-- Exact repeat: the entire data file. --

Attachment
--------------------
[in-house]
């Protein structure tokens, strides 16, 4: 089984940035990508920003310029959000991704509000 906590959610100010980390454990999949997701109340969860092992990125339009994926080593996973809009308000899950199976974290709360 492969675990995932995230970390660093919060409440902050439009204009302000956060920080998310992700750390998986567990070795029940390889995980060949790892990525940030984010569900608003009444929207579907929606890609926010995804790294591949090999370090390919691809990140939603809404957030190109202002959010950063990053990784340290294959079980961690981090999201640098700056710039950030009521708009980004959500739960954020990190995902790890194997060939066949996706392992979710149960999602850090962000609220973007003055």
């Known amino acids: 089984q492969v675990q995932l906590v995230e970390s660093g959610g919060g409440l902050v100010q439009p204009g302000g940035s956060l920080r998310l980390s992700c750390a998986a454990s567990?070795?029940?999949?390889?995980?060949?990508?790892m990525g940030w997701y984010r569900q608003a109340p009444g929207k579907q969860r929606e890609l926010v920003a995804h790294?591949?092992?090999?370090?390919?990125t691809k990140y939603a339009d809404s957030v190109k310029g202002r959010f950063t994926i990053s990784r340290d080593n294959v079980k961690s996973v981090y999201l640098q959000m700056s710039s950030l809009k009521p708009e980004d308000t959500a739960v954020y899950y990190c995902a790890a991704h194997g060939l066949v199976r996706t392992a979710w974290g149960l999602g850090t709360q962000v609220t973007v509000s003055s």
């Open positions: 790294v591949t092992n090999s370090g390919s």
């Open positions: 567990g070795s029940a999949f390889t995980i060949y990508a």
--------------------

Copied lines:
[in-house]
């Protein structure tokens, strides 16, 4: 089984940035990508920003310029959000991704509000 906590959610100010980390454990999949997701109340969860092992990125339009994926080593996973809009308000899950199976974290709360 492969675990995932995230970390660093919060409440902050439009204009302000956060920080998310992700750390998986567990070795029940390889995980060949790892990525940030984010569900608003009444929207579907929606890609926010995804790294591949090999370090390919691809990140939603809404957030190109202002959010950063990053990784340290294959079980961690981090999201640098700056710039950030009521708009980004959500739960954020990190995902790890194997060939066949996706392992979710149960999602850090962000609220973007003055």
């Known amino acids: 089984q492969v675990q995932l906590v995230e970390s660093g959610g919060g409440l902050v100010q439009p204009g302000g940035s956060l920080r998310l980390s992700c750390a998986a454990s567990?070795?029940?999949?390889?995980?060949?990508?790892m990525g940030w997701y984010r569900q608003a109340p009444g929207k579907q969860r929606e890609l926010v920003a995804h790294?591949?092992?090999?370090?390919?990125t691809k990140y939603a339009d809404s957030v190109k310029g202002r959010f950063t994926i990053s990784r340290d080593n294959v079980k961690s996973v981090y999201l640098q959000m700056s710039s950030l809009k009521p708009e980004d308000t959500a739960v954020y899950y990190c995902a790890a991704h194997g060939l066949v199976r996706t392992a979710w974290g149960l999602g850090t709360q962000v609220t973007v509000s003055s």
């Open positions: 790294v591949t092992n090999s370090g390919s």
């Open positions: 567990g070795s029940a999949f390889t995980i060949y990508a």